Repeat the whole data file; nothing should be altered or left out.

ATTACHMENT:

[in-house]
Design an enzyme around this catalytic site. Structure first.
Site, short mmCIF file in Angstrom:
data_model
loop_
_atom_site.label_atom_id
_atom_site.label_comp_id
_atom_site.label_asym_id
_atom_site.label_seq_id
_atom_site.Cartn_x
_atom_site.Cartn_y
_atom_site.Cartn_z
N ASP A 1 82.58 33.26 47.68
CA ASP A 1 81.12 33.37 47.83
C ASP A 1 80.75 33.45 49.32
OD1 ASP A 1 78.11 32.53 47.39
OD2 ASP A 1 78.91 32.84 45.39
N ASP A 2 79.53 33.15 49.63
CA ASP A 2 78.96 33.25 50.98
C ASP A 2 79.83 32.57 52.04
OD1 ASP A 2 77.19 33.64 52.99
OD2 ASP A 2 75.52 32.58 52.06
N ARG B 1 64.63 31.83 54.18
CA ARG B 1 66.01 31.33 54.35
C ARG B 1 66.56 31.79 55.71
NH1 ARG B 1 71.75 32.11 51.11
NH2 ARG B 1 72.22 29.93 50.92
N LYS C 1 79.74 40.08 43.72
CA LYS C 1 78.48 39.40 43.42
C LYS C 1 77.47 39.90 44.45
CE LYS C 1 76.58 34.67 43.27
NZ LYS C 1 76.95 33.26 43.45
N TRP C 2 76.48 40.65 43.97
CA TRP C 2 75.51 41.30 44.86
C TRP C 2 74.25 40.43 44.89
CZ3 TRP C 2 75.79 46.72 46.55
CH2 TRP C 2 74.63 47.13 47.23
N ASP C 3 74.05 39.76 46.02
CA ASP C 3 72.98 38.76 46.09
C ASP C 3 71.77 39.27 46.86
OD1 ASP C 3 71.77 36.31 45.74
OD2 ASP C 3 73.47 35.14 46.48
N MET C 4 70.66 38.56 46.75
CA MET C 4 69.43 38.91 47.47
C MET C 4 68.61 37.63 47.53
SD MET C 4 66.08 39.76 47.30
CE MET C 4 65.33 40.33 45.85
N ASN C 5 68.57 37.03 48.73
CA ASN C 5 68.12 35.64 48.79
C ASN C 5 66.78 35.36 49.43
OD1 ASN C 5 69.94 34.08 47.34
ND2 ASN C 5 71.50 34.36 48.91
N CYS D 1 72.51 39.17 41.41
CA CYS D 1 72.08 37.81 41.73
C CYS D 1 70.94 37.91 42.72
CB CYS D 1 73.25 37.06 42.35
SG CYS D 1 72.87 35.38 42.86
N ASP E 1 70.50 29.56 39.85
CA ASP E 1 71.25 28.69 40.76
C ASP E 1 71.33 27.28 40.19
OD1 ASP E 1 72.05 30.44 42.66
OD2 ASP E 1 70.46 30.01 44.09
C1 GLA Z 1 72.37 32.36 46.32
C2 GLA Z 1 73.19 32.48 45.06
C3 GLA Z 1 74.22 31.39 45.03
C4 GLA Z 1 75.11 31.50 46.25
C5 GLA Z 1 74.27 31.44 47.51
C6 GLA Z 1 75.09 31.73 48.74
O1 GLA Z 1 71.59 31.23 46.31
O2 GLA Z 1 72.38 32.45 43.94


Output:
[in-house]
Design an enzyme around this catalytic site. Structure first.
Site, short mmCIF file in Angstrom:
data_model
loop_
_atom_site.label_atom_id
_atom_site.label_comp_id
_atom_site.label_asym_id
_atom_site.label_seq_id
_atom_site.Cartn_x
_atom_site.Cartn_y
_atom_site.Cartn_z
N ASP A 1 82.58 33.26 47.68
CA ASP A 1 81.12 33.37 47.83
C ASP A 1 80.75 33.45 49.32
OD1 ASP A 1 78.11 32.53 47.39
OD2 ASP A 1 78.91 32.84 45.39
N ASP A 2 79.53 33.15 49.63
CA ASP A 2 78.96 33.25 50.98
C ASP A 2 79.83 32.57 52.04
OD1 ASP A 2 77.19 33.64 52.99
OD2 ASP A 2 75.52 32.58 52.06
N ARG B 1 64.63 31.83 54.18
CA ARG B 1 66.01 31.33 54.35
C ARG B 1 66.56 31.79 55.71
NH1 ARG B 1 71.75 32.11 51.11
NH2 ARG B 1 72.22 29.93 50.92
N LYS C 1 79.74 40.08 43.72
CA LYS C 1 78.48 39.40 43.42
C LYS C 1 77.47 39.90 44.45
CE LYS C 1 76.58 34.67 43.27
NZ LYS C 1 76.95 33.26 43.45
N TRP C 2 76.48 40.65 43.97
CA TRP C 2 75.51 41.30 44.86
C TRP C 2 74.25 40.43 44.89
CZ3 TRP C 2 75.79 46.72 46.55
CH2 TRP C 2 74.63 47.13 47.23
N ASP C 3 74.05 39.76 46.02
CA ASP C 3 72.98 38.76 46.09
C ASP C 3 71.77 39.27 46.86
OD1 ASP C 3 71.77 36.31 45.74
OD2 ASP C 3 73.47 35.14 46.48
N MET C 4 70.66 38.56 46.75
CA MET C 4 69.43 38.91 47.47
C MET C 4 68.61 37.63 47.53
SD MET C 4 66.08 39.76 47.30
CE MET C 4 65.33 40.33 45.85
N ASN C 5 68.57 37.03 48.73
CA ASN C 5 68.12 35.64 48.79
C ASN C 5 66.78 35.36 49.43
OD1 ASN C 5 69.94 34.08 47.34
ND2 ASN C 5 71.50 34.36 48.91
N CYS D 1 72.51 39.17 41.41
CA CYS D 1 72.08 37.81 41.73
C CYS D 1 70.94 37.91 42.72
CB CYS D 1 73.25 37.06 42.35
SG CYS D 1 72.87 35.38 42.86
N ASP E 1 70.50 29.56 39.85
CA ASP E 1 71.25 28.69 40.76
C ASP E 1 71.33 27.28 40.19
OD1 ASP E 1 72.05 30.44 42.66
OD2 ASP E 1 70.46 30.01 44.09
C1 GLA Z 1 72.37 32.36 46.32
C2 GLA Z 1 73.19 32.48 45.06
C3 GLA Z 1 74.22 31.39 45.03
C4 GLA Z 1 75.11 31.50 46.25
C5 GLA Z 1 74.27 31.44 47.51
C6 GLA Z 1 75.09 31.73 48.74
O1 GLA Z 1 71.59 31.23 46.31
O2 GLA Z 1 72.38 32.45 43.94